Bulgakov on Doctor Faustus

The Master and Margarita is definitely my favourite of the works that we have studied thus far in Arts One. Many consider it to be one of the greatest novels of Russian literature, if not one of the greatest pieces of literature of all time. It encompasses so many themes and topics; it’s a satirical political commentary on Communist Russia, a religious debate, a love story, and an exploration of mysticism and realism, and I’m just barely scratching the surface with this summary. It is also a fabulous read, a little hard at first to get into, but definitely worth it. There is absolutely no way that I could effectively communicate the depth and brilliance of this novel in this short blog, although I will certainly try to in my essay. Interestingly, reading Master really helped with my interpretation of Doctor Faustus. They both play on similar themes, and even similar plot elements, but while Master is clearly a clever political allegory attempting to derail the policies of Stalin’s regime, my initial reading of Doctor Faustus left me very confused with Marlowe’s purpose and opinions. As an anti-Calvinist I would think that Marlowe would portray the failings of it’s doctrine, but Faustus is a very poor example of the failures of these teachings. He is a ridiculous and unsympathetic idiot who brings his demise upon himself, and ultimately proves the Church’s values. After reading Master it occurs to me that Marlowe may have intended Faustus in the same way that Bulgakov intended Master, a critical and satirical allegory for the times, exposing the flaws of society or the institution that he is criticizing through the flaws and even idiocy of his characters.

plato, meet judith – AKA when my brain exploded

so I kinda struggled to get through Antigone’s Claim by Judith Butler. it is a seemingly short book containing an exceedingly and unapologetically dense commentary on Sophocles’ Antigone.

to start off, I absolutely love Antigone; I’m not always sure where I stand on it, whether I support Antigone or Kreon or both, but I love it all the same. after reading Antigone’s Claim my adoration for Antigone is in serious jeopardy. to me, Sophocles is a genius – a master playwright, he was able to infuse amazing and perhaps unprecedented depth and meaning into a simultaneously dramatic and entertaining piece. and there is no doubt that modern dramatists, including and especially Shakespeare, were enormously influenced by his writings.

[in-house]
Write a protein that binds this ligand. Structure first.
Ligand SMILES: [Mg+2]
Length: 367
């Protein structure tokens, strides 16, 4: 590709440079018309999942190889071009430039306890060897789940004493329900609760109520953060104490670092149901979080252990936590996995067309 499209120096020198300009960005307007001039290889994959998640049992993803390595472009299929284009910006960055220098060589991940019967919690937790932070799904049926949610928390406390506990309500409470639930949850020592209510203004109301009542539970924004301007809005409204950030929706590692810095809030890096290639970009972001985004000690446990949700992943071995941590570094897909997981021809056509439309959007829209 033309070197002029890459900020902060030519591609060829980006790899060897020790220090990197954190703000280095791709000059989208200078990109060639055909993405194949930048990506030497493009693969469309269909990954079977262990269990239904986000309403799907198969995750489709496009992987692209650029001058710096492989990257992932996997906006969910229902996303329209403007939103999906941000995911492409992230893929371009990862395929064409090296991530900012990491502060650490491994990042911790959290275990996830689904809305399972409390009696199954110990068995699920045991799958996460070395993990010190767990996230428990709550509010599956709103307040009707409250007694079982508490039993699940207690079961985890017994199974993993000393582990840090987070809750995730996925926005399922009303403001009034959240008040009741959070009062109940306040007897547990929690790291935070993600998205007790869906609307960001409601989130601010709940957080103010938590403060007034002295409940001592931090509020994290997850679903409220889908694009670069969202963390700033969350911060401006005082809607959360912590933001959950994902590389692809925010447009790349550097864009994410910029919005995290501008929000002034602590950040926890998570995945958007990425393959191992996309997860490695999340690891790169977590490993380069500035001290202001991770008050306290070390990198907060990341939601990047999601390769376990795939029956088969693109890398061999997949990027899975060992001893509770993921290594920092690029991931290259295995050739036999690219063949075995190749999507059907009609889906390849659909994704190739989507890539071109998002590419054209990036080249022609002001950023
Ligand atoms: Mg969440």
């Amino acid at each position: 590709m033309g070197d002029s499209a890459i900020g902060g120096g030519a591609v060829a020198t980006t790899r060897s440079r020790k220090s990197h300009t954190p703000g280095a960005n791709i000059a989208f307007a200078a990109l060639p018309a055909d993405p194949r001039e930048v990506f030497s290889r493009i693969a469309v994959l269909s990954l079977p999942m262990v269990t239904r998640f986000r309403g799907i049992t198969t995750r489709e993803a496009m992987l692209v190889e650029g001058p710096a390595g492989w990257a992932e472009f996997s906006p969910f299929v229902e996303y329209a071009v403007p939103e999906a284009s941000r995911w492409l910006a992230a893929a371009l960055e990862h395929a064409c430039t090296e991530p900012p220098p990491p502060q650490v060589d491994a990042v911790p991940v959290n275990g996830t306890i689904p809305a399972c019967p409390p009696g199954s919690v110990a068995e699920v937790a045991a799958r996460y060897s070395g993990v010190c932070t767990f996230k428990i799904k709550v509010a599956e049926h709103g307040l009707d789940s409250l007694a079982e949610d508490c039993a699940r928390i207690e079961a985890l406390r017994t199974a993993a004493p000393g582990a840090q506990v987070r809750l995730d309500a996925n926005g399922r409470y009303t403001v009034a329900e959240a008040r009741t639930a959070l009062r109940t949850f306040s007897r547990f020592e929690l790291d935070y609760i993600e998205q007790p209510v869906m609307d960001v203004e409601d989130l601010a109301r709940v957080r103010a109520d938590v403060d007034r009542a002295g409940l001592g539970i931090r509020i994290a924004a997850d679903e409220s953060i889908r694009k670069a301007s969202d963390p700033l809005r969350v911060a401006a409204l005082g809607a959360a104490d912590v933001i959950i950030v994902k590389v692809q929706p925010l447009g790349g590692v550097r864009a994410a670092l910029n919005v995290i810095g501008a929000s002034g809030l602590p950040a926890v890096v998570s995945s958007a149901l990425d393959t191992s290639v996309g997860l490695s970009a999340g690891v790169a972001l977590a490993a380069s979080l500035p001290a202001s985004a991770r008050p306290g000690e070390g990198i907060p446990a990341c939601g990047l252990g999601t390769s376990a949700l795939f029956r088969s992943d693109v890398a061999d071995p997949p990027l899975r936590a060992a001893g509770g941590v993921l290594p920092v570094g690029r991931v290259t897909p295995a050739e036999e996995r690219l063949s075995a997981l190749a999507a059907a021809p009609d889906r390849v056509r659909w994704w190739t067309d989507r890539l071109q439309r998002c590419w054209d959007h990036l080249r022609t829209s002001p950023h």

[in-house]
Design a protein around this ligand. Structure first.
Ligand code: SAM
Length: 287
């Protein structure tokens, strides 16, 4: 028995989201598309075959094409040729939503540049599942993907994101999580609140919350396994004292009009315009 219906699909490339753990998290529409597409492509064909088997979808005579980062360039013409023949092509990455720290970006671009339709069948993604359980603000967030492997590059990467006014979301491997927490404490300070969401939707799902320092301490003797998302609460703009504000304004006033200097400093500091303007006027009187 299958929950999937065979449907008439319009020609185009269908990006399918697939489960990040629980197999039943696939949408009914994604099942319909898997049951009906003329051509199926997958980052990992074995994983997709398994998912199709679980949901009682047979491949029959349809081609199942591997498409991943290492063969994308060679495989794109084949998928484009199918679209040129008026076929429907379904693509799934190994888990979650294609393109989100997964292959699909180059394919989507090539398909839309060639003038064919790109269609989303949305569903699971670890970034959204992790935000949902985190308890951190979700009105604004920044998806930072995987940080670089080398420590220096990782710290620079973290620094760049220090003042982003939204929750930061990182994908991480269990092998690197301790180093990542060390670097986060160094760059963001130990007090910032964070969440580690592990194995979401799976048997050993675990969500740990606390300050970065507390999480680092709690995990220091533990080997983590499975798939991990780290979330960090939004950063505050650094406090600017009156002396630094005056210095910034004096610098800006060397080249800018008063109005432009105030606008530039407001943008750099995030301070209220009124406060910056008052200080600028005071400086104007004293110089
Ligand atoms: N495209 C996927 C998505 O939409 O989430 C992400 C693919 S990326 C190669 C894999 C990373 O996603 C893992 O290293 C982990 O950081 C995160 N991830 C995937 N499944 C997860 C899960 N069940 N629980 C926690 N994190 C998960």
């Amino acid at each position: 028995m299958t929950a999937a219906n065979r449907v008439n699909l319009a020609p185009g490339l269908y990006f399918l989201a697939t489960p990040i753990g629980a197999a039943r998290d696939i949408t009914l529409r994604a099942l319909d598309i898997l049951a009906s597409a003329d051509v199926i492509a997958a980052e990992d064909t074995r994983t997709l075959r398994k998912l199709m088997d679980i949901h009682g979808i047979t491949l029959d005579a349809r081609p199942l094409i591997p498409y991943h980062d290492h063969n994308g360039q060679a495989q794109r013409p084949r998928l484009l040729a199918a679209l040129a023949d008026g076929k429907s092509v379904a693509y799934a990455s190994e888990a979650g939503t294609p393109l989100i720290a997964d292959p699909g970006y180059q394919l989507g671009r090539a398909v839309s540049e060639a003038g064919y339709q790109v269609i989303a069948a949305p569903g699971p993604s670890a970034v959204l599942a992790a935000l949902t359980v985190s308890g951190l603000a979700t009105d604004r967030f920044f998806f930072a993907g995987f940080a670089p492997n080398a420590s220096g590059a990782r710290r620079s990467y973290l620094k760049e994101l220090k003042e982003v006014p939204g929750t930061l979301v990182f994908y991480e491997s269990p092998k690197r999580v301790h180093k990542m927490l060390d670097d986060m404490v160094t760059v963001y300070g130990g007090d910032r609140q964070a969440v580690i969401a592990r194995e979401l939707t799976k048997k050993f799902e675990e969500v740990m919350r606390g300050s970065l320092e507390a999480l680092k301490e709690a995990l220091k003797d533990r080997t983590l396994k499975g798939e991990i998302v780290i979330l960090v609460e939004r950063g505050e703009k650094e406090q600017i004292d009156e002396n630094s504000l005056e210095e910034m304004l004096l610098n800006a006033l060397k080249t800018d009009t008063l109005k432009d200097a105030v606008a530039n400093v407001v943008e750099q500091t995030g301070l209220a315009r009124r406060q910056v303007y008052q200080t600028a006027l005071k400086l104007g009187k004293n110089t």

I am not a fan of Butler. never have been. I haven’t read any philosophical works of hers prior to Antigone’s Claim, only articles and interviews, and suffice it to say reading one of her actual books did not help me to glean any further understanding of her – at least in her favour. I liken her to the barnacle on a whale, a parasite, or maybe a mosquito would be a better example, feasting on the misery of others and gleaning any kind profit from the labors of others. this may seem a little hyperbolic but that’s what reading butler does to me – it really sends me over the edge. seriously – my brain – all over the wall right now.

you know how in English class there’s always that kid who can’t help but ponder the metaphorical resonance and glean the deepest meaning about every friggin thing, and the rest of us are like hey, maybe what the author wrote is exactly what he meant, when he said that the curtain was blue, that was all that he meant – there is no abundant metaphorical resonance in the color of the goddamned curtain!

well that kid’s name is Judith friggin butler.

Antigone’s claim is butler’s weak attempt to ponder the deepest kind of metaphorical resonance of the blue curtain – so deep that it is non-f%^*$# -existent. who does she think she is, riding Sophocles’ coattails. butler. I swear to god – it was some kind of divine intervention that spared us Plato and butler from living and writing in the same era and thus preventing their procreation and the continuation of our species.